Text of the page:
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notas:

as expressões a bold são da minha responsabilidade  

fpc = filosofia para crianças

fcc = filosofia com crianças 

Leslie Cázares Aponte: "Pienso que el vivir con FpN como un proyecto vital, nos va permitiendo estar más conscientes del mundo y de nosotros mismos,"

Conheci a Leslie Cázares Aponte através do instagram. Cedo percebi a sua ligação à filosofia para crianças (filosofia para niños) e fomos mantendo o contacto. A Leslie é a actual Presidente de la Federación Mexicana de Filosofía para Niños A.C., cujo trabalho podem espreitar AQUI. Aqui ficam os ecos mexicanos da filosofia para crianças. Gracias, Leslie! 

 

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¿Te acuerdas cuando fue la primera vez que oiste hablar de filosofía para niños? "Fue exactamente hace 20 años, me fui a vivir a la ciudad de León Guanajuato y mi esposo me preguntó : ¿te gustaría tomar un curso de filosofía para niños que imparte mi tía Teresa de la Garza?. Ahora esa pregunta es extraña, ya que ella además de ser un familiar, se volvió en una de mis maestras más importantes en mi vida. Además de iniciarme en el camino del Diplomado de FpN, Tere asesoró mi tesis de maestría, llamada “el impacto del programa de filosofía para niños en los docentes que la imparten”.

 

¿Como has empezado a trabajar en área? "Hace también 20 años, inicié a trabajar en la Universidad, con la propuesta de dar clases de filosofía para niños a los docentes universitarios de nuevo ingreso. Mi hipótesis era que FpN, ayuda a la docencia en todos sentidos, a generar un ambiente de pensar, a tener reglas de participación, a plantear preguntas de investigación, a dialogar y buscar alternativas para solucionar problemas, y todo eso es muy útil para cualquier clase de nivel Universitario. Claro que años más tarde descubrí que esta hipótesis aplicaba para cualquier nivel educativo."

 

¿Consideras que la fpn és necessaria para los niños? Porquê? "Si, porque para vivir hay que resolver un montón de ideas que se nos presentan en la vida, así como infinidad de toma de decisiones. FpN, nos va preparando para esto y más, a través de la comunidad de investigación, va siendo un ejercicio permanente en la vida, buscar alternativas, plantear preguntas para indagar, elaborar cuestionamientos, detectar inconsistencias lógicas en el mundo loco en el que vivimos. Pienso que el vivir con FpN como un proyecto vital, nos va permitiendo estar más conscientes del mundo y de nosotros mismos."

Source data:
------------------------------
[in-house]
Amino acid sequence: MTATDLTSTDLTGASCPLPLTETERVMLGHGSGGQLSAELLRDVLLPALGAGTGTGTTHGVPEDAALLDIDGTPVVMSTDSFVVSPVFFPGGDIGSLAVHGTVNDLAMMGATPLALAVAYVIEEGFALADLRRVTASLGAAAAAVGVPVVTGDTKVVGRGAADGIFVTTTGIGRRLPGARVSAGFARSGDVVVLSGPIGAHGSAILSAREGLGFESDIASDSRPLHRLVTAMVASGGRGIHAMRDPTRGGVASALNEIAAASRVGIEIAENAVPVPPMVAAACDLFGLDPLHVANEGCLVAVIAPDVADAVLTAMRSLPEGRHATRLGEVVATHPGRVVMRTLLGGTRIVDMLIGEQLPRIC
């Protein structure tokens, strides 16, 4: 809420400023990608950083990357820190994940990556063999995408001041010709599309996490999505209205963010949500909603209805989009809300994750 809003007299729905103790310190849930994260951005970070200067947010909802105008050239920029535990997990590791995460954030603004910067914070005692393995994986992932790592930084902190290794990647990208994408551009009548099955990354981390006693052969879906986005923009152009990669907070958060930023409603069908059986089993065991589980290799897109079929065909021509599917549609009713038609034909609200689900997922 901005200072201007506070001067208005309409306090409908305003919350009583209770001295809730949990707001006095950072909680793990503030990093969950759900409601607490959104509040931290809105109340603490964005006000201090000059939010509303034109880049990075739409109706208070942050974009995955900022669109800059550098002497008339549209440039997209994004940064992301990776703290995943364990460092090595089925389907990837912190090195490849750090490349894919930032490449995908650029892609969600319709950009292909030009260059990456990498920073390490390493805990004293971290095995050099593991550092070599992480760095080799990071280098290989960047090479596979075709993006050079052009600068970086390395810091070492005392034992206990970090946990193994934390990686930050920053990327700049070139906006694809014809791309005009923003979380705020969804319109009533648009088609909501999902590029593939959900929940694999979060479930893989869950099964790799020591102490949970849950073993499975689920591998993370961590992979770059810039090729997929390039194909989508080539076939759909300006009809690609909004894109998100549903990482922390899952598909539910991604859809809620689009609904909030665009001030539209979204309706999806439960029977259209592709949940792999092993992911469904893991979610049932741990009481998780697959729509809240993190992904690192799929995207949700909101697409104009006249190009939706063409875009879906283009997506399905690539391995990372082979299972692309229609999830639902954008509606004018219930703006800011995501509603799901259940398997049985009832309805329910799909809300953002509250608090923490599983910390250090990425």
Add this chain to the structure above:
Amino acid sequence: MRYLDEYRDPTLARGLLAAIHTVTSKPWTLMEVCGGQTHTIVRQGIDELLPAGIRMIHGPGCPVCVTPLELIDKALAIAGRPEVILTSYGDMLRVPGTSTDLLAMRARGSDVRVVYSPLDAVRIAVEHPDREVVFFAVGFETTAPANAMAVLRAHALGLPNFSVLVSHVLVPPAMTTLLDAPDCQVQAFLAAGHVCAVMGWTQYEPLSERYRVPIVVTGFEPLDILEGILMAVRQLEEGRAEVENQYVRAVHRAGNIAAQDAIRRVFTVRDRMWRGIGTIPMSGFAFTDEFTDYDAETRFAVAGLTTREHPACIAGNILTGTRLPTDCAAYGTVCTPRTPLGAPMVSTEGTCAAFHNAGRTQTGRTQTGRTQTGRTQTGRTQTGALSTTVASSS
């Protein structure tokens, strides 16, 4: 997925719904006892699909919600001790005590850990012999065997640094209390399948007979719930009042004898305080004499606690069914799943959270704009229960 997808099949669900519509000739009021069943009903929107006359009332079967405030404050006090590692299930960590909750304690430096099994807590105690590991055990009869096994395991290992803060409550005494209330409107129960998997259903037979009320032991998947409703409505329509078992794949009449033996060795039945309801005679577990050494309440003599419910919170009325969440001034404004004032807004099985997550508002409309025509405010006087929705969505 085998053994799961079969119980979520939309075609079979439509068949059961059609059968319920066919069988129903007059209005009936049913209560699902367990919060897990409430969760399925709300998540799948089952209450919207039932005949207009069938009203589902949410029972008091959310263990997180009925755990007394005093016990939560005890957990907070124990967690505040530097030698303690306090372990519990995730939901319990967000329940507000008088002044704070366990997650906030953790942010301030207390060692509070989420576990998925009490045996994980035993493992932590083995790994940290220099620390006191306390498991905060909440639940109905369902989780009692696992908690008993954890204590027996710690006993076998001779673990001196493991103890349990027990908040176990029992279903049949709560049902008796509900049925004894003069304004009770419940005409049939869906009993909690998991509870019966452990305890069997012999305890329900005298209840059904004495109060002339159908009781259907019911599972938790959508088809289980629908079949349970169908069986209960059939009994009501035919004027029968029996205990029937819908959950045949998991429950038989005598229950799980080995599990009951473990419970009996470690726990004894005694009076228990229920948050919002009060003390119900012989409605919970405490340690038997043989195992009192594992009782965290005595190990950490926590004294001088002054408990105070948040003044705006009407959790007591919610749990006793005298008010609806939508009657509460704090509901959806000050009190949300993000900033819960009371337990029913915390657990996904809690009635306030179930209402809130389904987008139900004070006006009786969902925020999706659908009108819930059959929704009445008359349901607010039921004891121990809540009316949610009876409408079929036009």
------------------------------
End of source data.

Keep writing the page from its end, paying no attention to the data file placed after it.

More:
¿Hoy en dia los niños tienen muchissimas actividades en la escuela e fuera de ella. Porquê debemos tener la filosofia en las escuelas? "La escuela es el espacio de socialización, en donde podemos ejercitar la realidad del mundo a través de nuestros profesores, compañeros de estudio y del material informativo que nos rodea. La comunidad de diálogo en las escuelas, se va transformando en un delicioso lugar seguro para crecer y poner nuestras ideas en consideración de nosotros mismos en relación a los demás. Es decir, que las ideas propias, van teniendo un espacio de intercambio social, que a la larga, nos permitirá tener un intercambio social en nuestras vidas, mucho más pensado y pensado en conjunto. Creo que esto solo se puede dar en la escuela. Lo mejor es tener una o dos clases a la semana para filosofar en conjunto, desde la edad más temprana en donde inicia el lenguaje, hasta la edad universitaria.

 

¿Que és lo que hace que una pregunta sea una pregunta filosófica - desde el punto de vIsta de la fpn? "Esto le encanta contestar a dos de mis maestros favoritos del FpN, Eugenio Echeverría de México y Juan Carlos Lago de España, Eugenio dice: Es controversial. No tiene una respuesta cerrada y es importante para nosotros y no hay edad en la q deje de ser importante. Ejemplo. La justicia. La libertad. El sentido de la vida. Juan Carlos Lago dice: Que sea abierta y controvertida, que no tenga una respuesta definitiva, sino que sea válida cuando se emite, pero que puede modificarse ante nuevas evidencias o circunstancias. Otra característica es que la respuesta no está dada ya en un texto, sino que la vamos construyendo desde nuestra experiencia personal o compartida.

Yo Leslie digo, que las preguntas filosóficas son aquellas que nos parecen exquisitas y complejas, difíciles de contestar de manera pronta y precisa, necesitan la exploración de ideas, la búsqueda de fuentes de información, nos mueven a la reflexión inmediatamente. Las preguntas filosóficas hablan sobre temas relacionados con la humanidad, el futuro de las especies, incluyen dilemas éticos, morales y sociales."